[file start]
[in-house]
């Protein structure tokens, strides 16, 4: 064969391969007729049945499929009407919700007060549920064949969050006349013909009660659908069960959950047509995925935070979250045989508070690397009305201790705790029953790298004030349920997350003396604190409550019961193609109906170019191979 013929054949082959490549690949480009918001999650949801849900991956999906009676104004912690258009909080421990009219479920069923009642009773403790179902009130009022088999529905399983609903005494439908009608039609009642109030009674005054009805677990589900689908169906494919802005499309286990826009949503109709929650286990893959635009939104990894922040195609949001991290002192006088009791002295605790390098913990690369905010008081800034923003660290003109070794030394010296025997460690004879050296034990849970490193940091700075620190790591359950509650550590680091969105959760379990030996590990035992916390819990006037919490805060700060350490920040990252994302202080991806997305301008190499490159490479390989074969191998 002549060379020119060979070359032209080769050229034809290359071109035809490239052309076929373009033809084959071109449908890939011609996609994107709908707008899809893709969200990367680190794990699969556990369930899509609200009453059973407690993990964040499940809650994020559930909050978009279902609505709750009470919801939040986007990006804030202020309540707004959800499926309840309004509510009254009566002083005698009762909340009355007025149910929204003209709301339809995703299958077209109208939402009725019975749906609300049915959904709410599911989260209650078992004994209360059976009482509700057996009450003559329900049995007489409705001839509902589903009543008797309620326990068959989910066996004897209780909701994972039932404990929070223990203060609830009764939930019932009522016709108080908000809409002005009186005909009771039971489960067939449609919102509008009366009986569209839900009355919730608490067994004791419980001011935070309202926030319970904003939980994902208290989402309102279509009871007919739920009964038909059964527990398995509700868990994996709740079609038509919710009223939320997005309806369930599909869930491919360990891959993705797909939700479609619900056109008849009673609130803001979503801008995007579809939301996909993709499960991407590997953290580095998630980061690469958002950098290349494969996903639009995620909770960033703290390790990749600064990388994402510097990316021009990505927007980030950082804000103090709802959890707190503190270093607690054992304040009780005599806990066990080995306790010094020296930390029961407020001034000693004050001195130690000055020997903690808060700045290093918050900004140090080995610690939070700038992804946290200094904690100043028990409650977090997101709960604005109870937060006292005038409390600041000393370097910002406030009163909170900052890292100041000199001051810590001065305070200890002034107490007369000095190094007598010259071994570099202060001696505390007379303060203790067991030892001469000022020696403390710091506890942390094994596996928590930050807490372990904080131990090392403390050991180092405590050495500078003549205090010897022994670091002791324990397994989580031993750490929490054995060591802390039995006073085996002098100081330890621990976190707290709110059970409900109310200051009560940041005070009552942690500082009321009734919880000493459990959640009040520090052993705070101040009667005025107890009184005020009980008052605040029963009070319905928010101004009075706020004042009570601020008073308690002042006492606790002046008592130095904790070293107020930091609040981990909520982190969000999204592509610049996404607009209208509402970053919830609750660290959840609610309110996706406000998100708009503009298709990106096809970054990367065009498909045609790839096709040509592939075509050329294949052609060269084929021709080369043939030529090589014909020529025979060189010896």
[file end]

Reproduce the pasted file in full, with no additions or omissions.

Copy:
[in-house]
């Protein structure tokens, strides 16, 4: 064969391969007729049945499929009407919700007060549920064949969050006349013909009660659908069960959950047509995925935070979250045989508070690397009305201790705790029953790298004030349920997350003396604190409550019961193609109906170019191979 013929054949082959490549690949480009918001999650949801849900991956999906009676104004912690258009909080421990009219479920069923009642009773403790179902009130009022088999529905399983609903005494439908009608039609009642109030009674005054009805677990589900689908169906494919802005499309286990826009949503109709929650286990893959635009939104990894922040195609949001991290002192006088009791002295605790390098913990690369905010008081800034923003660290003109070794030394010296025997460690004879050296034990849970490193940091700075620190790591359950509650550590680091969105959760379990030996590990035992916390819990006037919490805060700060350490920040990252994302202080991806997305301008190499490159490479390989074969191998 002549060379020119060979070359032209080769050229034809290359071109035809490239052309076929373009033809084959071109449908890939011609996609994107709908707008899809893709969200990367680190794990699969556990369930899509609200009453059973407690993990964040499940809650994020559930909050978009279902609505709750009470919801939040986007990006804030202020309540707004959800499926309840309004509510009254009566002083005698009762909340009355007025149910929204003209709301339809995703299958077209109208939402009725019975749906609300049915959904709410599911989260209650078992004994209360059976009482509700057996009450003559329900049995007489409705001839509902589903009543008797309620326990068959989910066996004897209780909701994972039932404990929070223990203060609830009764939930019932009522016709108080908000809409002005009186005909009771039971489960067939449609919102509008009366009986569209839900009355919730608490067994004791419980001011935070309202926030319970904003939980994902208290989402309102279509009871007919739920009964038909059964527990398995509700868990994996709740079609038509919710009223939320997005309806369930599909869930491919360990891959993705797909939700479609619900056109008849009673609130803001979503801008995007579809939301996909993709499960991407590997953290580095998630980061690469958002950098290349494969996903639009995620909770960033703290390790990749600064990388994402510097990316021009990505927007980030950082804000103090709802959890707190503190270093607690054992304040009780005599806990066990080995306790010094020296930390029961407020001034000693004050001195130690000055020997903690808060700045290093918050900004140090080995610690939070700038992804946290200094904690100043028990409650977090997101709960604005109870937060006292005038409390600041000393370097910002406030009163909170900052890292100041000199001051810590001065305070200890002034107490007369000095190094007598010259071994570099202060001696505390007379303060203790067991030892001469000022020696403390710091506890942390094994596996928590930050807490372990904080131990090392403390050991180092405590050495500078003549205090010897022994670091002791324990397994989580031993750490929490054995060591802390039995006073085996002098100081330890621990976190707290709110059970409900109310200051009560940041005070009552942690500082009321009734919880000493459990959640009040520090052993705070101040009667005025107890009184005020009980008052605040029963009070319905928010101004009075706020004042009570601020008073308690002042006492606790002046008592130095904790070293107020930091609040981990909520982190969000999204592509610049996404607009209208509402970053919830609750660290959840609610309110996706406000998100708009503009298709990106096809970054990367065009498909045609790839096709040509592939075509050329294949052609060269084929021709080369043939030529090589014909020529025979060189010896």